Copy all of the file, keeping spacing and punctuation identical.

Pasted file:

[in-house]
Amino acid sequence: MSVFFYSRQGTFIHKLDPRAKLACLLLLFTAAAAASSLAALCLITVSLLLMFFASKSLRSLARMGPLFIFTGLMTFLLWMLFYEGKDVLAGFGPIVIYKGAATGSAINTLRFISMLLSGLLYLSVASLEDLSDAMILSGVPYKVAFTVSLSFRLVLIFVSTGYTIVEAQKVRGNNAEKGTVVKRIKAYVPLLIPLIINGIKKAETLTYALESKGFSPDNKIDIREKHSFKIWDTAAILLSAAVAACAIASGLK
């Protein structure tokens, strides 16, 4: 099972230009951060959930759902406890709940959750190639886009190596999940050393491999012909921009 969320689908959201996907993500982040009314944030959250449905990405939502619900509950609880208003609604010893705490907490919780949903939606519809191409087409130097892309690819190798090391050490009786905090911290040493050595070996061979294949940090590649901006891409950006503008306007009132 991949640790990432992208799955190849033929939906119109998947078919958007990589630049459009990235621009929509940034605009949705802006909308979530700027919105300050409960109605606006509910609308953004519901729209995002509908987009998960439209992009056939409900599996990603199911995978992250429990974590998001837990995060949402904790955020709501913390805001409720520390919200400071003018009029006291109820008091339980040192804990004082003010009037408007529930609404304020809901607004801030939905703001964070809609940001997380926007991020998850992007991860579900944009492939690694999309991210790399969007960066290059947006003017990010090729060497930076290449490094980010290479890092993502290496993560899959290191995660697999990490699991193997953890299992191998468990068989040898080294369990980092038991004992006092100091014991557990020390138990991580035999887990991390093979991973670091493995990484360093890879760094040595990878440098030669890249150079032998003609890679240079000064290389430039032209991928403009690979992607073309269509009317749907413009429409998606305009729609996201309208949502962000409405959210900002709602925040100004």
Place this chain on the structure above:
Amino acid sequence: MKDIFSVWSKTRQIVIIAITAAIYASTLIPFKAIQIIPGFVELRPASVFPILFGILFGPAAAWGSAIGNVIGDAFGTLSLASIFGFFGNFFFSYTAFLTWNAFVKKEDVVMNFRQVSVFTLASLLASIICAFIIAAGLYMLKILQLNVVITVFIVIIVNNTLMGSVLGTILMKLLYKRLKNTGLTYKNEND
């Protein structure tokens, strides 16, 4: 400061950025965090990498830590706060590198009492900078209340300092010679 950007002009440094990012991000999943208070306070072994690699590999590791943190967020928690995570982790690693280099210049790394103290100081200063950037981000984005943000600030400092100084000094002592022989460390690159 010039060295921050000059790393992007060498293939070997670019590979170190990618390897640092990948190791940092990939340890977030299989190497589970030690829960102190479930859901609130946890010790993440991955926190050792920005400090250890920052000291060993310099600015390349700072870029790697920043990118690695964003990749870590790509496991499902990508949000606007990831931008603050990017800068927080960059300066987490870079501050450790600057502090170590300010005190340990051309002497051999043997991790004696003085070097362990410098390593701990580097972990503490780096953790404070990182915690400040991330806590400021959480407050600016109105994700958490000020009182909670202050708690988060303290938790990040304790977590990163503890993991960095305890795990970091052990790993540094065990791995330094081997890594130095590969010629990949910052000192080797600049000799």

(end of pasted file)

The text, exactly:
[in-house]
Amino acid sequence: MSVFFYSRQGTFIHKLDPRAKLACLLLLFTAAAAASSLAALCLITVSLLLMFFASKSLRSLARMGPLFIFTGLMTFLLWMLFYEGKDVLAGFGPIVIYKGAATGSAINTLRFISMLLSGLLYLSVASLEDLSDAMILSGVPYKVAFTVSLSFRLVLIFVSTGYTIVEAQKVRGNNAEKGTVVKRIKAYVPLLIPLIINGIKKAETLTYALESKGFSPDNKIDIREKHSFKIWDTAAILLSAAVAACAIASGLK
């Protein structure tokens, strides 16, 4: 099972230009951060959930759902406890709940959750190639886009190596999940050393491999012909921009 969320689908959201996907993500982040009314944030959250449905990405939502619900509950609880208003609604010893705490907490919780949903939606519809191409087409130097892309690819190798090391050490009786905090911290040493050595070996061979294949940090590649901006891409950006503008306007009132 991949640790990432992208799955190849033929939906119109998947078919958007990589630049459009990235621009929509940034605009949705802006909308979530700027919105300050409960109605606006509910609308953004519901729209995002509908987009998960439209992009056939409900599996990603199911995978992250429990974590998001837990995060949402904790955020709501913390805001409720520390919200400071003018009029006291109820008091339980040192804990004082003010009037408007529930609404304020809901607004801030939905703001964070809609940001997380926007991020998850992007991860579900944009492939690694999309991210790399969007960066290059947006003017990010090729060497930076290449490094980010290479890092993502290496993560899959290191995660697999990490699991193997953890299992191998468990068989040898080294369990980092038991004992006092100091014991557990020390138990991580035999887990991390093979991973670091493995990484360093890879760094040595990878440098030669890249150079032998003609890679240079000064290389430039032209991928403009690979992607073309269509009317749907413009429409998606305009729609996201309208949502962000409405959210900002709602925040100004």
Place this chain on the structure above:
Amino acid sequence: MKDIFSVWSKTRQIVIIAITAAIYASTLIPFKAIQIIPGFVELRPASVFPILFGILFGPAAAWGSAIGNVIGDAFGTLSLASIFGFFGNFFFSYTAFLTWNAFVKKEDVVMNFRQVSVFTLASLLASIICAFIIAAGLYMLKILQLNVVITVFIVIIVNNTLMGSVLGTILMKLLYKRLKNTGLTYKNEND
């Protein structure tokens, strides 16, 4: 400061950025965090990498830590706060590198009492900078209340300092010679 950007002009440094990012991000999943208070306070072994690699590999590791943190967020928690995570982790690693280099210049790394103290100081200063950037981000984005943000600030400092100084000094002592022989460390690159 010039060295921050000059790393992007060498293939070997670019590979170190990618390897640092990948190791940092990939340890977030299989190497589970030690829960102190479930859901609130946890010790993440991955926190050792920005400090250890920052000291060993310099600015390349700072870029790697920043990118690695964003990749870590790509496991499902990508949000606007990831931008603050990017800068927080960059300066987490870079501050450790600057502090170590300010005190340990051309002497051999043997991790004696003085070097362990410098390593701990580097972990503490780096953790404070990182915690400040991330806590400021959480407050600016109105994700958490000020009182909670202050708690988060303290938790990040304790977590990163503890993991960095305890795990970091052990790993540094065990791995330094081997890594130095590969010629990949910052000192080797600049000799």